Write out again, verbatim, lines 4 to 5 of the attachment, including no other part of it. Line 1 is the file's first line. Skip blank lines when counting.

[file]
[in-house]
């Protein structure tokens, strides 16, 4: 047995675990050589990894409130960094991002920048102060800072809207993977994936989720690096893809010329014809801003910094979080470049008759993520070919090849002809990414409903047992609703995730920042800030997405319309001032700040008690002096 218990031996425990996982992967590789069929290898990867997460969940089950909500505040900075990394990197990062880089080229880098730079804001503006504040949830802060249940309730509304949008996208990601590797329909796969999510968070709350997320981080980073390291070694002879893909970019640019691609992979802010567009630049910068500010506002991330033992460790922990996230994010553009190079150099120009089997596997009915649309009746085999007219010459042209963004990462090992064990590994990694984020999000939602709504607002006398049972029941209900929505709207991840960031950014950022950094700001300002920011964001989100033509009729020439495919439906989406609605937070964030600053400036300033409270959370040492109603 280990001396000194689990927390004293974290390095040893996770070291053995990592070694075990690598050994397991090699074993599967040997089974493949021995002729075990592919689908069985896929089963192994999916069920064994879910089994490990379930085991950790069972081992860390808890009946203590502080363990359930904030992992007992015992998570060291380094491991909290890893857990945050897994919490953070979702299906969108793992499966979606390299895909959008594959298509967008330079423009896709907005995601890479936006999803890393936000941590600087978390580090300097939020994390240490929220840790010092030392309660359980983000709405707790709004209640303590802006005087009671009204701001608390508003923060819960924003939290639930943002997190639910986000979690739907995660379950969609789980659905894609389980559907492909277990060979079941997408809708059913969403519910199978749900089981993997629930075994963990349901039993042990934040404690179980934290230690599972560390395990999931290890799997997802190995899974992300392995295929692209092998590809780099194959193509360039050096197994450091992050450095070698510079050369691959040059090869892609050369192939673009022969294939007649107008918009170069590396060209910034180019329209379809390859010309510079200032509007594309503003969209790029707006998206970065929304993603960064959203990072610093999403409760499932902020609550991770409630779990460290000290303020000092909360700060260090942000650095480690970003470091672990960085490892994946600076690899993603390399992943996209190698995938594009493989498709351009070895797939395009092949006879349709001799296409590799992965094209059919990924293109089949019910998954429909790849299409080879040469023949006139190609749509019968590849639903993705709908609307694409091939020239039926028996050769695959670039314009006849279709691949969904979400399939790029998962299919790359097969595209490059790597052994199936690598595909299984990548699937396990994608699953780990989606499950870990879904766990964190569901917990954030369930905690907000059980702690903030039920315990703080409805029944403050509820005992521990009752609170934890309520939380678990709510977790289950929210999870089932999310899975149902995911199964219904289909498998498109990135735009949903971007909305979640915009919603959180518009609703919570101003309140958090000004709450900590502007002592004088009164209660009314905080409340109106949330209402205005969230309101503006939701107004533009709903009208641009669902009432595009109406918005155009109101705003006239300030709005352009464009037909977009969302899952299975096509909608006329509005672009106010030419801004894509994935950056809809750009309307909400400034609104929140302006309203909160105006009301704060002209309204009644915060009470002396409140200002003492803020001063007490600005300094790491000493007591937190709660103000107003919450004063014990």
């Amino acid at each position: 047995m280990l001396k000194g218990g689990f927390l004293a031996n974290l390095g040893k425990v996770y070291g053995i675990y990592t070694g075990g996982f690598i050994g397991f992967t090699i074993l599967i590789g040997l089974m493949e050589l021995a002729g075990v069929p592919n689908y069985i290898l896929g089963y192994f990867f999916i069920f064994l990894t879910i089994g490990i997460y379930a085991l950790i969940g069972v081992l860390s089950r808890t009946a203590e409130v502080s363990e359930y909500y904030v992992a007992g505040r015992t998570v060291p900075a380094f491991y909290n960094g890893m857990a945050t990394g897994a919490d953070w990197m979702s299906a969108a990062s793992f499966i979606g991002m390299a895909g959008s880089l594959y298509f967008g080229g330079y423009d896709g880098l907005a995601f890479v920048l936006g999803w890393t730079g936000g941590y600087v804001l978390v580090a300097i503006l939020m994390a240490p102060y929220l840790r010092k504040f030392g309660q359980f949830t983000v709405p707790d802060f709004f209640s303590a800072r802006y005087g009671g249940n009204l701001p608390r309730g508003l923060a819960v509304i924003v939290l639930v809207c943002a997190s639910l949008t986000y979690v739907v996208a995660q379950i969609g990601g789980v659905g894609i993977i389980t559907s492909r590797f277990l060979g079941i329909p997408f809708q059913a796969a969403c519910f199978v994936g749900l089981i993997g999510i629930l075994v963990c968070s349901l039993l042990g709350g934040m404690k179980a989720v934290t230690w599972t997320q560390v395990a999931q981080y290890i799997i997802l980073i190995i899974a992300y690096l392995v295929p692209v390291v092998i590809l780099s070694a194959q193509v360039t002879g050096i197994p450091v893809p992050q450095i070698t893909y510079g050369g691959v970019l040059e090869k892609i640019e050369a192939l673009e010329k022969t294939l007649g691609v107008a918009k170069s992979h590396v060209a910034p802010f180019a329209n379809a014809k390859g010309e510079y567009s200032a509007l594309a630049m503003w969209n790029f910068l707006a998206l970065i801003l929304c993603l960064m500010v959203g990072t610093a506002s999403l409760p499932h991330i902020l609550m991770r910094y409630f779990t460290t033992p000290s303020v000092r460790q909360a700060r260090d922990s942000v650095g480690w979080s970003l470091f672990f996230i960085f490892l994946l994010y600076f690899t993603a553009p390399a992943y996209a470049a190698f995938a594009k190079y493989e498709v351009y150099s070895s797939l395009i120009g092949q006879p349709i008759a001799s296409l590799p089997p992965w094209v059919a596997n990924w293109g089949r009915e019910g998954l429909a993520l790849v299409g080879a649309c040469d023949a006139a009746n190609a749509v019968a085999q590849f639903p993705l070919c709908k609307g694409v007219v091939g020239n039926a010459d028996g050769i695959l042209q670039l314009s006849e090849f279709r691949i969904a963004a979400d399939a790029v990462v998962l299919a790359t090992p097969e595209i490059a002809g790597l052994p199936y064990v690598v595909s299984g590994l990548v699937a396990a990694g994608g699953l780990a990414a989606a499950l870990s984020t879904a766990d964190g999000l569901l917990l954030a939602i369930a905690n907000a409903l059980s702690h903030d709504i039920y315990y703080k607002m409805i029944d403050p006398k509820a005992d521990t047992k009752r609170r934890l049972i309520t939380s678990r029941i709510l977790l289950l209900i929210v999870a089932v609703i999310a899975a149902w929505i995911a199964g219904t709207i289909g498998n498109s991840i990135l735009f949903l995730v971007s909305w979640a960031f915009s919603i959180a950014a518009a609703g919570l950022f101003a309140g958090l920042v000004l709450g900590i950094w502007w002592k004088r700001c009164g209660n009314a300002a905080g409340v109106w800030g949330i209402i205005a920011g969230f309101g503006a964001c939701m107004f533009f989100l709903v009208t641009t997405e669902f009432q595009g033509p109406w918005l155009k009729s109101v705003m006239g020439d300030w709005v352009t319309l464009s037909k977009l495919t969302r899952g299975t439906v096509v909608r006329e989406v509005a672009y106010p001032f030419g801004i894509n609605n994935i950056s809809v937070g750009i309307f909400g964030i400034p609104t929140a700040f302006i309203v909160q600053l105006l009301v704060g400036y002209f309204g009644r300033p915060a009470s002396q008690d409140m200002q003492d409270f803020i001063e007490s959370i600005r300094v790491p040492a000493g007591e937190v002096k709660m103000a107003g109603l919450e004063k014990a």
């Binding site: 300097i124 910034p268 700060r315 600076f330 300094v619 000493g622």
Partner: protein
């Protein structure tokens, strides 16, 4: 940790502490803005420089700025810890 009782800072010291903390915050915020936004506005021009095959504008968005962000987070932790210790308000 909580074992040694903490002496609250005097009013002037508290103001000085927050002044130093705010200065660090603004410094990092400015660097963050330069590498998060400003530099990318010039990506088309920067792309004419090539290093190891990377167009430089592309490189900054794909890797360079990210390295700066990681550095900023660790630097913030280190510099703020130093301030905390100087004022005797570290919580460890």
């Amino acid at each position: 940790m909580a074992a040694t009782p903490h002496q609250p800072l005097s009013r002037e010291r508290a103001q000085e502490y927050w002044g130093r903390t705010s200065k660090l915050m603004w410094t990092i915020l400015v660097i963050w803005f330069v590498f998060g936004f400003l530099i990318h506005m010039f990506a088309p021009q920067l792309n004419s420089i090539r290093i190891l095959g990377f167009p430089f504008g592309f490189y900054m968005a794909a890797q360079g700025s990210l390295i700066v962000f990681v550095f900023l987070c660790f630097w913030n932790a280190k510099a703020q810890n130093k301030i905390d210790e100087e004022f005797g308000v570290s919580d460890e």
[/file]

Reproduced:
């Binding site: 300097i124 910034p268 700060r315 600076f330 300094v619 000493g622």
Partner: protein